Student loans

Public Service Loan Forgiveness: What’s new, what’s left out, and what steps to take

Here’s what you need to know about the recent PSLF changes and some steps you can take to take advantage of them.

Editor’s note: The views expressed in this article are the author’s own and do not necessarily represent the views of The DO or the AOA.

A silver lining of the pandemic is that it sparked intense conversations about how to address student indebtedness and led to recent changes that impact many physicians and students across the nation. Right now, federal student loan payments remain paused and federal student loans are not accruing interest. However, payment requirements and interest accrual are set to resume on May 1, 2022, which will be an end to a significant pandemic-era benefit for many physicians.

At the same time, the Biden administration recently announced a major overhaul to the Public Service Loan Forgiveness program. Here’s what you need to know about the changes to the program and some steps you can take to take advantage of them.

PSLF Overhaul

The Public Service Loan Forgiveness program was first introduced in 2007 as part of the College Cost Reduction and Access Act under the George W. Bush Administration. As a skeptic of governmental benefits — especially those that can benefit high-income earners such as physicians — I recall having many discussions with my medical school classmates about how to best approach the new program.

Will the government actually forgive these loans? Will we be taxed on the forgiven balance? Will my employer qualify? Will payments made during residency and fellowship count toward forgiveness? Above all, the question we wanted to answer was: Is this the best fit for me and my future?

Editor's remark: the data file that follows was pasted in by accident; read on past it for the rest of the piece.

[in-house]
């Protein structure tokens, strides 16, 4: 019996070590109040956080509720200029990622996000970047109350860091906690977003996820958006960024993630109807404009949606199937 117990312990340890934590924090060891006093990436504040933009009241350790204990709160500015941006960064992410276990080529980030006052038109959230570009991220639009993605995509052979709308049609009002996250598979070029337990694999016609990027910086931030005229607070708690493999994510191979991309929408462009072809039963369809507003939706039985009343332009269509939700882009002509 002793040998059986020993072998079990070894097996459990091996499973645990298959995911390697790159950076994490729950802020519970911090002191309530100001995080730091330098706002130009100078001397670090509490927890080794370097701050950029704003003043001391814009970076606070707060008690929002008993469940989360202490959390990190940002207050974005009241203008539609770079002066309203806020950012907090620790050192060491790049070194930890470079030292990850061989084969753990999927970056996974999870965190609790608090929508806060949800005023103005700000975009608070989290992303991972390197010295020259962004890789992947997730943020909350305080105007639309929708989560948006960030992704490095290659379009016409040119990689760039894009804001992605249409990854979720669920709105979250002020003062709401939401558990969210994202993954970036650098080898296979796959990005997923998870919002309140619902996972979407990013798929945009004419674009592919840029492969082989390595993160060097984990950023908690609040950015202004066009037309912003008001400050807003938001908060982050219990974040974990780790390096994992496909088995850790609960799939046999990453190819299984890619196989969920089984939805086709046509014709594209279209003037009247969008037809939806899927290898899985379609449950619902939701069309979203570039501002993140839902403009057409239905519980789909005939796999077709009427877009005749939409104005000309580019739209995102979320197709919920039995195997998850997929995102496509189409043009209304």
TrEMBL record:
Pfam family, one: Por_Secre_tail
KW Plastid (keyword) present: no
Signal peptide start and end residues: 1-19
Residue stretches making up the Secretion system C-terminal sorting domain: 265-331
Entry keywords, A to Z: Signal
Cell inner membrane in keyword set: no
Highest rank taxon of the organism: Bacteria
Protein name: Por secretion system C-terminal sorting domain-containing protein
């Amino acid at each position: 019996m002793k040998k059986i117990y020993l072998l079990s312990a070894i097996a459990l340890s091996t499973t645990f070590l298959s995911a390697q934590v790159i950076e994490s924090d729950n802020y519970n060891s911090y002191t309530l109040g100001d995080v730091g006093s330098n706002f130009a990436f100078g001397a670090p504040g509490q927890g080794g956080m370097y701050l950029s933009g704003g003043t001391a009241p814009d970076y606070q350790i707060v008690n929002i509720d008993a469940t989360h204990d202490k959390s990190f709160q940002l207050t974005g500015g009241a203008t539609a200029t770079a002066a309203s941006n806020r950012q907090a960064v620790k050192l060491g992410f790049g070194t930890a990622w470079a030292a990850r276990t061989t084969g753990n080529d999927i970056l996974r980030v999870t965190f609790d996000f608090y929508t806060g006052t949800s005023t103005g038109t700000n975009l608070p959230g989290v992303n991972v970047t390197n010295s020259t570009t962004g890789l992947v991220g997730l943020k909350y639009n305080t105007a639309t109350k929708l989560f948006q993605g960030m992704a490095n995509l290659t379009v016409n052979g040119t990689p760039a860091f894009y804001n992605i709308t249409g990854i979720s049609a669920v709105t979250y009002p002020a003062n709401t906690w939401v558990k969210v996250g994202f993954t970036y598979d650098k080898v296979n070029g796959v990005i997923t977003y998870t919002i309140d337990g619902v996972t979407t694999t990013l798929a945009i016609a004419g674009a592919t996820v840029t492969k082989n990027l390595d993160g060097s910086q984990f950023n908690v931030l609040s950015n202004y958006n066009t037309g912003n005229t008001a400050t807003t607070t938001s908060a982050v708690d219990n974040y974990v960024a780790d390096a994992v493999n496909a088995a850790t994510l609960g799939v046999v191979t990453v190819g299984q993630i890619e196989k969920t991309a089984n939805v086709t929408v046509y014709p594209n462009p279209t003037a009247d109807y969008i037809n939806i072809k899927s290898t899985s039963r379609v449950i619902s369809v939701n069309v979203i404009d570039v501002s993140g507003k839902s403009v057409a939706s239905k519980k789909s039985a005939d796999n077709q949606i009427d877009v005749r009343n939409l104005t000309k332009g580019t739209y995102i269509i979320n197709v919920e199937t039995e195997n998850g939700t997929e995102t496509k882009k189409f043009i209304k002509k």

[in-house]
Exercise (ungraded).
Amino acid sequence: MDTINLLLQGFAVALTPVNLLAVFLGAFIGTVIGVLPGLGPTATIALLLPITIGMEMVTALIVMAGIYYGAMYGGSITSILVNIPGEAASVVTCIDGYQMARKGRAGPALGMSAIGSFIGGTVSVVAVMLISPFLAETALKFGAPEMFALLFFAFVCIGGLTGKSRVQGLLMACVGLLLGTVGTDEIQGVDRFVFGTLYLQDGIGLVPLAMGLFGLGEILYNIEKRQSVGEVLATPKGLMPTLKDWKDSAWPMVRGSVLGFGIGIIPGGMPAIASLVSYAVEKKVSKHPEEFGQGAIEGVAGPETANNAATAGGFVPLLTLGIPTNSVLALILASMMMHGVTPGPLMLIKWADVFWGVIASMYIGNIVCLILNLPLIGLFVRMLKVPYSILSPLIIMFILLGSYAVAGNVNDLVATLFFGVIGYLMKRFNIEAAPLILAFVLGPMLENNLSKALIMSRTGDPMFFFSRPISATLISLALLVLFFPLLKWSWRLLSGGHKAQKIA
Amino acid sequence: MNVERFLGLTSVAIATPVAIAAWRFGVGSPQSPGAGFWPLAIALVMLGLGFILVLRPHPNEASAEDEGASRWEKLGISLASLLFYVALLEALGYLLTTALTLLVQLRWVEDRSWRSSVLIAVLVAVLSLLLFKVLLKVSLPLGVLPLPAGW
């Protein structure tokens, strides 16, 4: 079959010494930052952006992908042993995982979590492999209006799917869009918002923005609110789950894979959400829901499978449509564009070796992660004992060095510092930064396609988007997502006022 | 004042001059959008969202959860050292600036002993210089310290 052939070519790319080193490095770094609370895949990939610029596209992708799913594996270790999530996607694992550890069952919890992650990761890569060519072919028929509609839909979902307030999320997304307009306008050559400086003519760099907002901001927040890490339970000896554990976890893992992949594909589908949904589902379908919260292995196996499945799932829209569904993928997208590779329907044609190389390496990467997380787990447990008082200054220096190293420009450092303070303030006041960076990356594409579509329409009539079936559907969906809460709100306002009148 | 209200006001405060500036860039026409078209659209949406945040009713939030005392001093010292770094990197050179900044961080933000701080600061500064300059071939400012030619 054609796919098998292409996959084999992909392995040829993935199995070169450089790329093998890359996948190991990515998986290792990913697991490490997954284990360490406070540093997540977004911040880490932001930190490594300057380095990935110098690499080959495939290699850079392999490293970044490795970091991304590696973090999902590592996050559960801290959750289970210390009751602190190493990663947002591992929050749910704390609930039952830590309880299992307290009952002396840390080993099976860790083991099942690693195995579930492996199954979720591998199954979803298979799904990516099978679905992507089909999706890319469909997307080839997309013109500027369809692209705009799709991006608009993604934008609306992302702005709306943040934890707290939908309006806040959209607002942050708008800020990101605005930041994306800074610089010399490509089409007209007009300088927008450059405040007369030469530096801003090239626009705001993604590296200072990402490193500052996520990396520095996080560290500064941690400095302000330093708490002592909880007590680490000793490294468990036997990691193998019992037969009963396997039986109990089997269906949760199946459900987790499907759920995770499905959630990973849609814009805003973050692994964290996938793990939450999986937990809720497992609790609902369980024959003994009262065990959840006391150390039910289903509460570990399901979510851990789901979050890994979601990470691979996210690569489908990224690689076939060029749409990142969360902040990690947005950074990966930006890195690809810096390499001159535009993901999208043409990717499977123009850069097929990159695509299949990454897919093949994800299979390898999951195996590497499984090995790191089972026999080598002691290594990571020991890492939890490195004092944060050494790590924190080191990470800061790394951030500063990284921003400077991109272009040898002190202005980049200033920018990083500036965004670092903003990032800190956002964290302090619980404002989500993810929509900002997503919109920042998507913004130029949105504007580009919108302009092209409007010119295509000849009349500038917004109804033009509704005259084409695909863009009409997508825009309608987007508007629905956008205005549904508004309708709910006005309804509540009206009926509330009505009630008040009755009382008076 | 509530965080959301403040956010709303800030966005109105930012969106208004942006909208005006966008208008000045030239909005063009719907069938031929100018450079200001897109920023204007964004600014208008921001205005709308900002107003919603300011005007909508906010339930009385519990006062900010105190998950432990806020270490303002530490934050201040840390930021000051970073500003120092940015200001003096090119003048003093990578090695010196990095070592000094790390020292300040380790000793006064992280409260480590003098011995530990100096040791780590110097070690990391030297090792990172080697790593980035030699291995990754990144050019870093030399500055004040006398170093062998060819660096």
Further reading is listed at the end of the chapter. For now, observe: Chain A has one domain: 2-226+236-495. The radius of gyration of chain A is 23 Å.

Shortly after the program was introduced, it was obvious that, although physicians could benefit, the program surely was not designed for physicians. After all, it disproportionately benefits specialists, who spend more time in residency training. It’s another disincentive to pursuing primary care.  

Still, here we are, more than a decade later and the program is getting its first major overhaul. Although the changes, again, seem to not directly consider physicians, we can rest assured that we are at least included in the benefits.

Perhaps the most important thing to know about all the changes is that these were all introduced through executive action. This means the changes are all temporary, modifiable, and even reversible with the stroke of a pen if this or a future administration chooses to make adjustments. It does appear, however, that the Biden administration is committed to solidifying a permanent overhaul to the PSLF program and has taken the initial steps to do so.

Here are some key points about the new changes that are important to know.

What’s new:

Payments made on any repayment plan count toward PSLF, even non-income-driven plans.

Payments made on Direct loans and FFEL loans count toward PSLF, including payments prior to consolidation.

Military deferments will count toward PSLF.